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Food Insecurity in IsraelIt is an indisputable fact that everyone needs food for survival. Even further, everyone needs enough nutritious food to truly thrive. That being true, the reality is that not everyone gets enough high-quality, nutritious food yet significant amounts of food are thrown away daily. This dilemma is present globally and Israel is no exception. Food waste and food insecurity in Israel is a growing problem, but one organization, Leket Israel, is working to address both.

Israel’s Food Dilemma

Food waste is an excess of food that usually gets thrown into landfills instead of being consumed. The amount of food wasted in Israel is striking, but possibly more striking is the economic impacts it has on individual and infrastructural levels.

The Environmental Protection Ministry in Israel cited that Israeli families throw away about $1,000 worth of food per year. This equates to $352 million in waste treatment and a month and a half of average household food expenses.

Food waste is present not only on the household level but also prominently in the restaurant and agricultural sectors. Remedying food waste would likely lift a considerable economic weight from the shoulders of many Israeli individuals and communities.

Remedying food insecurity in Israel would do the same. Food insecurity is widely considered as a lack of consistent access to balanced, nutritious food sources. Many in Israel suffer from food insecurity and the number continues to climb.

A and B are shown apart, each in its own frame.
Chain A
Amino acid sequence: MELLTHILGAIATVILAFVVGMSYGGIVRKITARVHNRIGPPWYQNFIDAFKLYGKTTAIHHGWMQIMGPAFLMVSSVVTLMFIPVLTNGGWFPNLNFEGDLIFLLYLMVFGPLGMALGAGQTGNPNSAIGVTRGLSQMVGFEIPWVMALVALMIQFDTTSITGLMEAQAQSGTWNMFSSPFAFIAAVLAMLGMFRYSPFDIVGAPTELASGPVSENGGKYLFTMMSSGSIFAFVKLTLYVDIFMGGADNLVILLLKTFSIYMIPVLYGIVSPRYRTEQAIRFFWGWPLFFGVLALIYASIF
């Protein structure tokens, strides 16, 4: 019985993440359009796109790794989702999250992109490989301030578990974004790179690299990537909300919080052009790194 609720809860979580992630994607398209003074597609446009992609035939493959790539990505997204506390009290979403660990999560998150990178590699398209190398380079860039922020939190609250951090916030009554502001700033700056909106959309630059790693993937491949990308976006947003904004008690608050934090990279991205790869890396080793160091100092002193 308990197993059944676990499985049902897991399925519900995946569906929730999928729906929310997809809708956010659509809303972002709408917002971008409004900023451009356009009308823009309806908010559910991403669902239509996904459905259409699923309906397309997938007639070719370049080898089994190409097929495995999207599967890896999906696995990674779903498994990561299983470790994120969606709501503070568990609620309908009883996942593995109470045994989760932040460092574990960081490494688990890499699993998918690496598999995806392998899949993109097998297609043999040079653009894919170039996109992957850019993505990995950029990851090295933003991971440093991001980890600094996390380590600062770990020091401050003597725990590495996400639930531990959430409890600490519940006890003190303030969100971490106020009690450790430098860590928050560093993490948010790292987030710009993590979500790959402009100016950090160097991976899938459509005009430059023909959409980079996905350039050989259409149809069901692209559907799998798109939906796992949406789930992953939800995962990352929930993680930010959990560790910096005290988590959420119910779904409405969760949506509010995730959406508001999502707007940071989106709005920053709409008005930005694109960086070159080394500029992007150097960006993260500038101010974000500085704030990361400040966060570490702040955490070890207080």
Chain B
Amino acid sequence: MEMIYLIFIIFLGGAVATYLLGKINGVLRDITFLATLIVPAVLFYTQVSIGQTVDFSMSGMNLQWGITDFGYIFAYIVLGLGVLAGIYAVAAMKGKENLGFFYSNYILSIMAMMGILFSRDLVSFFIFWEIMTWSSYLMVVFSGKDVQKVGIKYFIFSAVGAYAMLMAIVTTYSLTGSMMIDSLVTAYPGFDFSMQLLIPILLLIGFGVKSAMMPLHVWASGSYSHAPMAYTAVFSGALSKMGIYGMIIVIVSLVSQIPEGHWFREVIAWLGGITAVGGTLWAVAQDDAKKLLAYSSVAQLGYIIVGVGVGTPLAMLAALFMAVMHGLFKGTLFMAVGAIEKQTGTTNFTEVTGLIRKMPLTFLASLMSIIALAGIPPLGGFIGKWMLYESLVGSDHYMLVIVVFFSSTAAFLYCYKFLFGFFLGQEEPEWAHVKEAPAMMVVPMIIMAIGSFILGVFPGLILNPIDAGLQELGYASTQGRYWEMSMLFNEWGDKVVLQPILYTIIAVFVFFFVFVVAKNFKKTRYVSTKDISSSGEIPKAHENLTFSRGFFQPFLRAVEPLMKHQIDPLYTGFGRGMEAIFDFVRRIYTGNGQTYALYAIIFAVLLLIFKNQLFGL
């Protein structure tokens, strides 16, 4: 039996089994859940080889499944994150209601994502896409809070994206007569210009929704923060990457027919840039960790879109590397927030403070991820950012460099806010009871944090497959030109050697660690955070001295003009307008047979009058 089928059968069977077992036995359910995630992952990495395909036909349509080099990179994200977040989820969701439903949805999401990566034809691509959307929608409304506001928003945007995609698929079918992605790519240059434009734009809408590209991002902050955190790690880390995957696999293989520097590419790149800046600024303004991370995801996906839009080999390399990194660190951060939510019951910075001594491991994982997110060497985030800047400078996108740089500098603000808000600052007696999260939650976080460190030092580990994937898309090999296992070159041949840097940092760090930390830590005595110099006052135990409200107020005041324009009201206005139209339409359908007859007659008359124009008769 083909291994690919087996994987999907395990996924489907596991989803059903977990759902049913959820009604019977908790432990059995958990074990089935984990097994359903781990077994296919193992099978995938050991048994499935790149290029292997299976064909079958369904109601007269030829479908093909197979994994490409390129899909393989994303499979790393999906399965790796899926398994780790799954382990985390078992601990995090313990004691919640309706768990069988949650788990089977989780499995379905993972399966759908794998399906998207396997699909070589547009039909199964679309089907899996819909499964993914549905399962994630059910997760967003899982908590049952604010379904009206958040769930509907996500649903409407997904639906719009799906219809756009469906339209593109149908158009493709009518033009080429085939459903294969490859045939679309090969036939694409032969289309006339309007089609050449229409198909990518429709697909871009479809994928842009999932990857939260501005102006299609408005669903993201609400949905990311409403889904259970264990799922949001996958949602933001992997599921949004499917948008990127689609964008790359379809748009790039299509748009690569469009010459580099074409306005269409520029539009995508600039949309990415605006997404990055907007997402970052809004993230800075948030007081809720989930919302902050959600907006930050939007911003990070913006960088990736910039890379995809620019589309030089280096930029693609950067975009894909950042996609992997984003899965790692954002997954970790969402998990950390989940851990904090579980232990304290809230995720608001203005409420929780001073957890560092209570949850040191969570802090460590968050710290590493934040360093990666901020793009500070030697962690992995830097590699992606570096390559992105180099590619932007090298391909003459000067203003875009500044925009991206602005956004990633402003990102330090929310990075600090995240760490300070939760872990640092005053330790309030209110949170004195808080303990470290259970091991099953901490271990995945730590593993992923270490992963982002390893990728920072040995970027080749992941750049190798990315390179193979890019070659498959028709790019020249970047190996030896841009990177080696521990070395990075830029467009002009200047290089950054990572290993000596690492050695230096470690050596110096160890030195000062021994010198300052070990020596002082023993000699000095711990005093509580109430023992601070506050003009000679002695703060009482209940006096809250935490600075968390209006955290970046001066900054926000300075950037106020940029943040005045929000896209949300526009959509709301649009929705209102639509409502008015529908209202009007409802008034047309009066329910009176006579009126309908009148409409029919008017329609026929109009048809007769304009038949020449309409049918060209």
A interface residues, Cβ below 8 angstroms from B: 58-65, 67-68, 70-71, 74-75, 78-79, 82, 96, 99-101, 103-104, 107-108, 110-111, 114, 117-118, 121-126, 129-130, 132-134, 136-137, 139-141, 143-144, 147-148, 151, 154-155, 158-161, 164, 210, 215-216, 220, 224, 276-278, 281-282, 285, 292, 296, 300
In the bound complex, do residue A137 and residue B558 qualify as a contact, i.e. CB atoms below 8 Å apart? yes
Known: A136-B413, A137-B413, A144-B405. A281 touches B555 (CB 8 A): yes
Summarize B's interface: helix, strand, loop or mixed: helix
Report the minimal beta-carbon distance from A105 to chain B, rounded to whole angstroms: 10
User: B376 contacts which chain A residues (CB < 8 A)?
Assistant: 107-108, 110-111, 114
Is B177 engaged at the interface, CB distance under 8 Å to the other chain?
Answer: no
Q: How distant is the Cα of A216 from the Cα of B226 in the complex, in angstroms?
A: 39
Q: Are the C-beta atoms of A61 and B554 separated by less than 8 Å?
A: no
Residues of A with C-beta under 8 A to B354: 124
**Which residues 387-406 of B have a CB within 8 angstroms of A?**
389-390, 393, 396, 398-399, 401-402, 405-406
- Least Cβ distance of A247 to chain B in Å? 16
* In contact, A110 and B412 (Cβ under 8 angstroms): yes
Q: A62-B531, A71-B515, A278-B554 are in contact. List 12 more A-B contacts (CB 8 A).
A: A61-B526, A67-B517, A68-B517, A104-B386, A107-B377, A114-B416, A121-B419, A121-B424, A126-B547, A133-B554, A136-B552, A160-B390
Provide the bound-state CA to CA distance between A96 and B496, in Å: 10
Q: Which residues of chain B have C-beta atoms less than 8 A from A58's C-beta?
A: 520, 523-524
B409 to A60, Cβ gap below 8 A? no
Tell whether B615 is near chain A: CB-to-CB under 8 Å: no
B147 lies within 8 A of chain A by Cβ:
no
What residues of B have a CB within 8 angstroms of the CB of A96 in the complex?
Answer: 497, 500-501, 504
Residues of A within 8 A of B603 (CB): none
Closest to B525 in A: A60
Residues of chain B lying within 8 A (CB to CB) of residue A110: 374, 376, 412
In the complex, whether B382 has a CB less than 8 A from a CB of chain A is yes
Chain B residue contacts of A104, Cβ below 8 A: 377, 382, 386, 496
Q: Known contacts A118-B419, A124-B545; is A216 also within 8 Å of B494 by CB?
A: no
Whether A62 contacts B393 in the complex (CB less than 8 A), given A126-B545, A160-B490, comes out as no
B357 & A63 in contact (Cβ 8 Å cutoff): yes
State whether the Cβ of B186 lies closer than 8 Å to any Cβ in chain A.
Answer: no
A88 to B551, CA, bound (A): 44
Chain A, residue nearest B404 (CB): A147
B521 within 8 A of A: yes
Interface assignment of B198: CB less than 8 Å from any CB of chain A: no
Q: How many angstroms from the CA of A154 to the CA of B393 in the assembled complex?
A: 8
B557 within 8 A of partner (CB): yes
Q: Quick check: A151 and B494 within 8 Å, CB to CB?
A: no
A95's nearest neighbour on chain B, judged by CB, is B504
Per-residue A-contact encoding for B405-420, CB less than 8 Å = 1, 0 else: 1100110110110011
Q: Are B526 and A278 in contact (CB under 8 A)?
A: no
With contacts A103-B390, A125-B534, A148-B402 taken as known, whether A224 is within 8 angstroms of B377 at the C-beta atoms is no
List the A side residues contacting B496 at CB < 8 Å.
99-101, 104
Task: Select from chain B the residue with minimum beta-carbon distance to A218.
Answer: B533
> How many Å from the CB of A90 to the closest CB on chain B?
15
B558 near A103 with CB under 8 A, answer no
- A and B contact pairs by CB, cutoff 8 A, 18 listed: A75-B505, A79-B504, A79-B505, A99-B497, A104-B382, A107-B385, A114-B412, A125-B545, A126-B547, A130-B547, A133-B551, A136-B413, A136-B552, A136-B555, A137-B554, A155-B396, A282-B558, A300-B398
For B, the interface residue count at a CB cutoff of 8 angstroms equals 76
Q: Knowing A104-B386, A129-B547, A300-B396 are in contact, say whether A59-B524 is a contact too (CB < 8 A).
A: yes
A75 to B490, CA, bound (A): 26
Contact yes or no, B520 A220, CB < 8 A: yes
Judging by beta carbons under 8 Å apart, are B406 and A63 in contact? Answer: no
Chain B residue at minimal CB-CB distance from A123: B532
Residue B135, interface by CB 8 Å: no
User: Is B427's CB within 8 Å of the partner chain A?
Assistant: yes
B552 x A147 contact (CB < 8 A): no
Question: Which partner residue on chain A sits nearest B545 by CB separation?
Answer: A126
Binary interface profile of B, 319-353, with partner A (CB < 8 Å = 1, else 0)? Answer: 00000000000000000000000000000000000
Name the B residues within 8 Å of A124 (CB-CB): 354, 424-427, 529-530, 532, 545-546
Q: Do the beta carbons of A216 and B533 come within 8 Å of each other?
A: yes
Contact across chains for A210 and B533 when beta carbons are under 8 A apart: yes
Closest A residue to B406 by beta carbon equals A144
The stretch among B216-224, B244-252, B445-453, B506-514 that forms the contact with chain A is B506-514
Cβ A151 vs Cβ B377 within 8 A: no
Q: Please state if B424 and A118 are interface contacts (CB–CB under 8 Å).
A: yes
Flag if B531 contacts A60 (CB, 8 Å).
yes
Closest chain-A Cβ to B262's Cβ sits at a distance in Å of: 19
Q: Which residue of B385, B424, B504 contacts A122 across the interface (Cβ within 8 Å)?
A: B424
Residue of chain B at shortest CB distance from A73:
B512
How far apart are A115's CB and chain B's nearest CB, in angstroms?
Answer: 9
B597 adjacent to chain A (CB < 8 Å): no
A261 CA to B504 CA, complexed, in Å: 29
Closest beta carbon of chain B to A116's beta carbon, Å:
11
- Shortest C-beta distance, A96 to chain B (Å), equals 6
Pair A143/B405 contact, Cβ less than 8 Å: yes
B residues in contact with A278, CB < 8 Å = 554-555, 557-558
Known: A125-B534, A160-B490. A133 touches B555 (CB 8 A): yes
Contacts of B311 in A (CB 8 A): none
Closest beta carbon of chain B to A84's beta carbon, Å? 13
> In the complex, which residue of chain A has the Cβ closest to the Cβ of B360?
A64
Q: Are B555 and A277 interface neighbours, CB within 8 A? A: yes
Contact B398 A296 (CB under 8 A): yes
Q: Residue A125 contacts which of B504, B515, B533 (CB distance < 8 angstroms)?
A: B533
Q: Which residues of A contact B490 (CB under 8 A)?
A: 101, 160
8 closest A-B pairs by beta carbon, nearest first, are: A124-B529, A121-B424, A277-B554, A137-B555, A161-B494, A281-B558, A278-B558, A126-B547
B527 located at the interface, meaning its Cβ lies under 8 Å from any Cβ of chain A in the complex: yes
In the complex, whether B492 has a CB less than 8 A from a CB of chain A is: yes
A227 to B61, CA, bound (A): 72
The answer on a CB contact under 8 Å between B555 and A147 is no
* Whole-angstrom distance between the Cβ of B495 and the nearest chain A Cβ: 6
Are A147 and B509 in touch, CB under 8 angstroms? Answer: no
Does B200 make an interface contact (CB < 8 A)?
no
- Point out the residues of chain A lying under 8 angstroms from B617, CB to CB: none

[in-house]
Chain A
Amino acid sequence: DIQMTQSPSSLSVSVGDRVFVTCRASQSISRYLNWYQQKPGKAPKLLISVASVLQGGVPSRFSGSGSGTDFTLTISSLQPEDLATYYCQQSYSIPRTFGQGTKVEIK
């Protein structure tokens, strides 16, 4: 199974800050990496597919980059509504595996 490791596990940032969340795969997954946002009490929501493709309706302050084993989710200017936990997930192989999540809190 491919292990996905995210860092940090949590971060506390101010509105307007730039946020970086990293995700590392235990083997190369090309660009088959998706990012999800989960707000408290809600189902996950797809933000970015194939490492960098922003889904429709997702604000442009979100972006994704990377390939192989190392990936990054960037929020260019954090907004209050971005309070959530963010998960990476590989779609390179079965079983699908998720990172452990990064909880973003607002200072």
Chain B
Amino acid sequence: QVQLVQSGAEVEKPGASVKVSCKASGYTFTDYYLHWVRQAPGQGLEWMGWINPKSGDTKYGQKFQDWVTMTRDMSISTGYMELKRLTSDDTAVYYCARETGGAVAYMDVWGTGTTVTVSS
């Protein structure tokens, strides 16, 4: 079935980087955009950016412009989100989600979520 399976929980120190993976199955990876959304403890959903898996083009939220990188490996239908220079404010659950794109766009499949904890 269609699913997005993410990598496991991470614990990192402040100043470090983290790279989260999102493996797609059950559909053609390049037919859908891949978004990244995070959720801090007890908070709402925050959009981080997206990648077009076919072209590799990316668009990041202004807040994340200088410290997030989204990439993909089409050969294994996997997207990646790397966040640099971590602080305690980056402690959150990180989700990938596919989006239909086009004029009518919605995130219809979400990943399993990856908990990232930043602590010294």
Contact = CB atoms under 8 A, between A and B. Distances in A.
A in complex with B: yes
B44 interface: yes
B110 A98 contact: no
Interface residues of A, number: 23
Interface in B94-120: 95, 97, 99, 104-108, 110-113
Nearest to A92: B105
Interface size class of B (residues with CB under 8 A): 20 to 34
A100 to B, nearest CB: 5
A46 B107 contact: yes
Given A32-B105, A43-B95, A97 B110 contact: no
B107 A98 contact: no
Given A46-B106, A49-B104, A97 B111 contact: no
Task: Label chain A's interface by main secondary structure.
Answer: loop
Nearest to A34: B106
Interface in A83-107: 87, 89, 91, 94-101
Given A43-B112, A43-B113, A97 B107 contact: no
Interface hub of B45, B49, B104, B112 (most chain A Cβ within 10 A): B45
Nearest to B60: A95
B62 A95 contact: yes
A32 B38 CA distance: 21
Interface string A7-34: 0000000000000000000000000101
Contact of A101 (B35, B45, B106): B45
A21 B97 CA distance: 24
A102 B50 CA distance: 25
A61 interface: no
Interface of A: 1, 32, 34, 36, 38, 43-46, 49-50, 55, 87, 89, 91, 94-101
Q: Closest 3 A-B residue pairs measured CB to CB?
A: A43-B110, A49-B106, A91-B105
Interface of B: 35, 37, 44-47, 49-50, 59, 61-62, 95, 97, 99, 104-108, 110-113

The Latet organization’s yearly Alternative Poverty Report revealed that the 20.1% of Israeli households in poverty grew to 29.3% in 2020 due to COVID-19.

So naturally, food insecurity has worsened because of the pandemic. The number of food-insecure households in Israel grew from 17.8% before the pandemic to 22.6% in December 2020. Further, the number of households in extreme food insecurity increased by 34,000 during the pandemic, per the National Insurance Institute of Israel.

There is a great need to address the dilemma of food waste and food insecurity in Israel.

Leket Israel

Leket Israel is an organization that recognizes the importance of addressing the increased need for more accessible food sources and reducing food waste. Joseph Gitler started an organization in 2003 that would become Leket Israel, a food bank and the largest food rescue chain in the country.